How to write a powerful case study: Useful tips from our case study writing team
“The best marketing doesn’t feel like marketing.” – Tom Fishburne
Imagine a scenario when you want to buy something that you need, maybe a product or a service, and you have just started your research online.
While you browse online, looking for a solution to your problem, you are stuck between a couple of choices. How do you decide? As a buyer, you are looking for more concrete evidence that this product or service works. This part becomes more critical when you are going to make a significant investment or long-term to mid-term choice of going with a service partner.
Now imagine that you get your hands on a case study, which explains to you exactly how the service has benefited another customer. Your interest is piqued, you feel more confident about making a choice now, and it definitely makes your more prone to buying from that brand.
So, what did the case study do?
It gave you evidence that the service was good, from another customer. This content piece handed over to the prospect information that influenced the buyer decision and helped the prospect make a choice, or atleast come close to a choice.
In the world of content marketing, the prospect just moved from the middle of the marketing funnel to the bottom of the marketing funnel. This means from a place of indecision, he is now closer to make a choice. That is how powerful a good case study can be. It can become a powerful instrument of sale, when written well.
Categorised as a “middle of the funnel” content format, case studies are about building trust, offering value, and telling compelling stories with evidence.
This helps the prospect move out of the messy middle stage of the buyer’s journey.
They are the ‘social proofs’ that tell your potential customers that your product or service has worked wonders before and can do it again.
Table of Contents
What is a case study in simple language?
A case study involves closely examining a real-life situation where a business was offered a particular service and the documentation of how the process was implemented, the challenges that were faced, the goals that were met, and the results that were obtained. A case study is usually developed by the business that offers the service or product.
Writing a case study is a great way to let other companies shine a spotlight on your excellence. A well-crafted case study is akin to storytelling. It explains in detail the experiences of a client you’ve assisted, the hurdles they faced, and how your business played a crucial role in helping them overcome those challenges.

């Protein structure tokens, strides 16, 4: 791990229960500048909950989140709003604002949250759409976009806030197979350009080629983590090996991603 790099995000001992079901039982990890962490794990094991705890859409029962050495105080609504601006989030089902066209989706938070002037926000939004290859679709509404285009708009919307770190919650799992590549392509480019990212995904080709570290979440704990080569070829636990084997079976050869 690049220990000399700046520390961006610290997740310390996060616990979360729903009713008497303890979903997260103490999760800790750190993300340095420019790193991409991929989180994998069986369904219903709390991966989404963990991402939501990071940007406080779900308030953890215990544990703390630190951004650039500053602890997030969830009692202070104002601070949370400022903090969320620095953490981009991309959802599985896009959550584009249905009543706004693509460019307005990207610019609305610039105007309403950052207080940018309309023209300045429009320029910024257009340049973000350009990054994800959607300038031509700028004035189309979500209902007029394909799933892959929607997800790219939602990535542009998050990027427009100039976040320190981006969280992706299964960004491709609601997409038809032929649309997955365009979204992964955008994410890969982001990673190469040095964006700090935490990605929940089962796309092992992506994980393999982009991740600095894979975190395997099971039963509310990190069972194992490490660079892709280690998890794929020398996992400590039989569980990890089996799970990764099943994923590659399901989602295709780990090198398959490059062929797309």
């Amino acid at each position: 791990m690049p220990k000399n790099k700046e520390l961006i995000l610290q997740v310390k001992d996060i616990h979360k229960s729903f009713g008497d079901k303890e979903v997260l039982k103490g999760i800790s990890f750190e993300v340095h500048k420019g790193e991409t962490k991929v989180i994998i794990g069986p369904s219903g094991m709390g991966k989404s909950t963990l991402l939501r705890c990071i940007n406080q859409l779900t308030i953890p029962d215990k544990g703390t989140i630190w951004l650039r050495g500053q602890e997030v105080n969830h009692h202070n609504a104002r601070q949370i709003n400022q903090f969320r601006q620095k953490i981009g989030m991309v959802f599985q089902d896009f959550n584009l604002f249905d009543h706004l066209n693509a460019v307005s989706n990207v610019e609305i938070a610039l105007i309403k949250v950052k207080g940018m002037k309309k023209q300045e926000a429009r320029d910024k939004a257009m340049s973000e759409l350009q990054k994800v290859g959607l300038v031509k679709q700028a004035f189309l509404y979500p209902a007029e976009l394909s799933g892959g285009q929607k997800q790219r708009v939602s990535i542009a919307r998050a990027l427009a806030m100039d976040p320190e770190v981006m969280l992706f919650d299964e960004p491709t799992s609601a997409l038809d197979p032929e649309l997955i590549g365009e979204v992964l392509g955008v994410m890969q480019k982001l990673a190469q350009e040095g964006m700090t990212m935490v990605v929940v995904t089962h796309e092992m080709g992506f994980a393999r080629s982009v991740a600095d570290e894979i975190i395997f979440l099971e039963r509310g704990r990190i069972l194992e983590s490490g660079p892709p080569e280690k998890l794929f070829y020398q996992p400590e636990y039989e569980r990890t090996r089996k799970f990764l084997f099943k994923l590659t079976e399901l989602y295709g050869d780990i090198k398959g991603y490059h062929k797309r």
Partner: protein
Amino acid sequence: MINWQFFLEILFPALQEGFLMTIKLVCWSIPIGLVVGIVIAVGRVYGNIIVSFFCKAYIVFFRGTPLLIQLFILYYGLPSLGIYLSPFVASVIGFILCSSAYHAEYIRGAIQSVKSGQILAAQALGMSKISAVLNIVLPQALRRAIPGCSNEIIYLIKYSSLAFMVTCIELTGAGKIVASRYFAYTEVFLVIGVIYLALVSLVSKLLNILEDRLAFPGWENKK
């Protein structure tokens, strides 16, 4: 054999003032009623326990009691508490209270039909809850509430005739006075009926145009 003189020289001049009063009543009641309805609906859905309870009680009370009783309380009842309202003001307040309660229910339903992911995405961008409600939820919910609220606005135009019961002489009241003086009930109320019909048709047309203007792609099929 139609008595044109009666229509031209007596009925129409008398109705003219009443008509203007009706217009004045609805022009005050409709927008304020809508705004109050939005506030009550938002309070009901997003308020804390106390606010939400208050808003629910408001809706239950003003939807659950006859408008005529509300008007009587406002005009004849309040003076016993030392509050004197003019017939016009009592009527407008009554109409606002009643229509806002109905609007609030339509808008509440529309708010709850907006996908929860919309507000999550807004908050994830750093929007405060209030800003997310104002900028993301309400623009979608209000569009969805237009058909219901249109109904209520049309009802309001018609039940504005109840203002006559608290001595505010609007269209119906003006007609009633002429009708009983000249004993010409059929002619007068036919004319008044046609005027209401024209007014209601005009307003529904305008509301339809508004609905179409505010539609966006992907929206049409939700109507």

The ultimate goal of a case study is to convert a prospect into a buyer, by offering concrete evidence of the level and quality of a service, and the benefits reaped by a customer who has availed it before.
How Do You Start Writing a Case Study?
There are different approaches to follow while writing case studies for different disciplines. For example, a business case study has a broader focus on various aspects of a business, while a marketing case study specifically highlights and showcases your success stories as a business.
Wondering what case study methods to employ for your case study?
Here’s your roadmap on how to write a marketing case study for your business.
1. Craft a Captivating Story
“Marketing is no longer about the stuff you make, but the stories you tell.” – Seth Godin
Every great case study needs a compelling narrative. Start with a preview that hooks your readers. Give them a taste of the insights they’ll gain from your case study. Set the scene by providing a bit of background about the client. Make sure your readers know that this story is relevant to them.
For example – here is a small intro we created for a case study that we were creating. The small intro sets the tone for what to expect.
2. Lure them in with the Title
Your title should have three key elements: your client’s name (credibility booster), the product or service used (relevance indicator), and attention-grabbing stats, showcasing the results. Nothing better than numbers to attract the client.
Here is an example of how we used stats to showcase a case study in the banner.
3. Research, interview, structure, restructure…then, some more research
For a case study content writer, the most important part is getting the facts right. You need to know everything about the plot of the story. What problem was the client facing? Why did they come to your brand? How did your brand help them out? And perhaps the most exciting part — what were the results achieved? Was the customer happy? Why?